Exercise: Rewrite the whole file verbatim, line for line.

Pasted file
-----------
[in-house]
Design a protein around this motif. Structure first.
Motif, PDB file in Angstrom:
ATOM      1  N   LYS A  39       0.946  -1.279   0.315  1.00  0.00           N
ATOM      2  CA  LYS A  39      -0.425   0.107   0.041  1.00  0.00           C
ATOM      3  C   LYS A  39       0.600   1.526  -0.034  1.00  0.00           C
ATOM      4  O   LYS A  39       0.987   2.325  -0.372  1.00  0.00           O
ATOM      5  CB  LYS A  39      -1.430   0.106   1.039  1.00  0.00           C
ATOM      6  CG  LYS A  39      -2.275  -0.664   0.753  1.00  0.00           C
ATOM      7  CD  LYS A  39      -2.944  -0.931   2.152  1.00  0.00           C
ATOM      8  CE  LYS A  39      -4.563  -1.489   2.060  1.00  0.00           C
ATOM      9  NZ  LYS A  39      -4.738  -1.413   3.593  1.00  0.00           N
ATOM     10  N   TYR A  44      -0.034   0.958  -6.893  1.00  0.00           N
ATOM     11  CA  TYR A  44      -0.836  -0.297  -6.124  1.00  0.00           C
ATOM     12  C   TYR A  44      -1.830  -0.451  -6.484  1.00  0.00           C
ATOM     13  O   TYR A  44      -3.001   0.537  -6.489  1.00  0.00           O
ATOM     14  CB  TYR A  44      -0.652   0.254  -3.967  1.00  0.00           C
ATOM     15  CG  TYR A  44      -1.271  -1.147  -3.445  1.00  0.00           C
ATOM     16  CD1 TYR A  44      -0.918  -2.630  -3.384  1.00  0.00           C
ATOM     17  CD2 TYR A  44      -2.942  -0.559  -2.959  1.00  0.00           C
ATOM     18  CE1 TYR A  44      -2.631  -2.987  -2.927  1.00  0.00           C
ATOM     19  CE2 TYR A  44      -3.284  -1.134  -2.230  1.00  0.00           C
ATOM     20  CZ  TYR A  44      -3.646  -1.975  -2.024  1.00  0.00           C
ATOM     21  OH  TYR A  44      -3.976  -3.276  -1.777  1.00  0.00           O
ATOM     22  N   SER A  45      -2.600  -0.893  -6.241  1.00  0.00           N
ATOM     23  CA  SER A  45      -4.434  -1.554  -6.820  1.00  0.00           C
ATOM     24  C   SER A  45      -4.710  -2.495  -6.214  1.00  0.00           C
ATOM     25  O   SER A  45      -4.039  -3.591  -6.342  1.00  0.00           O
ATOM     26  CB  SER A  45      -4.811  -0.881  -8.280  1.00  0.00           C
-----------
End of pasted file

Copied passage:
[in-house]
Design a protein around this motif. Structure first.
Motif, PDB file in Angstrom:
ATOM      1  N   LYS A  39       0.946  -1.279   0.315  1.00  0.00           N
ATOM      2  CA  LYS A  39      -0.425   0.107   0.041  1.00  0.00           C
ATOM      3  C   LYS A  39       0.600   1.526  -0.034  1.00  0.00           C
ATOM      4  O   LYS A  39       0.987   2.325  -0.372  1.00  0.00           O
ATOM      5  CB  LYS A  39      -1.430   0.106   1.039  1.00  0.00           C
ATOM      6  CG  LYS A  39      -2.275  -0.664   0.753  1.00  0.00           C
ATOM      7  CD  LYS A  39      -2.944  -0.931   2.152  1.00  0.00           C
ATOM      8  CE  LYS A  39      -4.563  -1.489   2.060  1.00  0.00           C
ATOM      9  NZ  LYS A  39      -4.738  -1.413   3.593  1.00  0.00           N
ATOM     10  N   TYR A  44      -0.034   0.958  -6.893  1.00  0.00           N
ATOM     11  CA  TYR A  44      -0.836  -0.297  -6.124  1.00  0.00           C
ATOM     12  C   TYR A  44      -1.830  -0.451  -6.484  1.00  0.00           C
ATOM     13  O   TYR A  44      -3.001   0.537  -6.489  1.00  0.00           O
ATOM     14  CB  TYR A  44      -0.652   0.254  -3.967  1.00  0.00           C
ATOM     15  CG  TYR A  44      -1.271  -1.147  -3.445  1.00  0.00           C
ATOM     16  CD1 TYR A  44      -0.918  -2.630  -3.384  1.00  0.00           C
ATOM     17  CD2 TYR A  44      -2.942  -0.559  -2.959  1.00  0.00           C
ATOM     18  CE1 TYR A  44      -2.631  -2.987  -2.927  1.00  0.00           C
ATOM     19  CE2 TYR A  44      -3.284  -1.134  -2.230  1.00  0.00           C
ATOM     20  CZ  TYR A  44      -3.646  -1.975  -2.024  1.00  0.00           C
ATOM     21  OH  TYR A  44      -3.976  -3.276  -1.777  1.00  0.00           O
ATOM     22  N   SER A  45      -2.600  -0.893  -6.241  1.00  0.00           N
ATOM     23  CA  SER A  45      -4.434  -1.554  -6.820  1.00  0.00           C
ATOM     24  C   SER A  45      -4.710  -2.495  -6.214  1.00  0.00           C
ATOM     25  O   SER A  45      -4.039  -3.591  -6.342  1.00  0.00           O
ATOM     26  CB  SER A  45      -4.811  -0.881  -8.280  1.00  0.00           C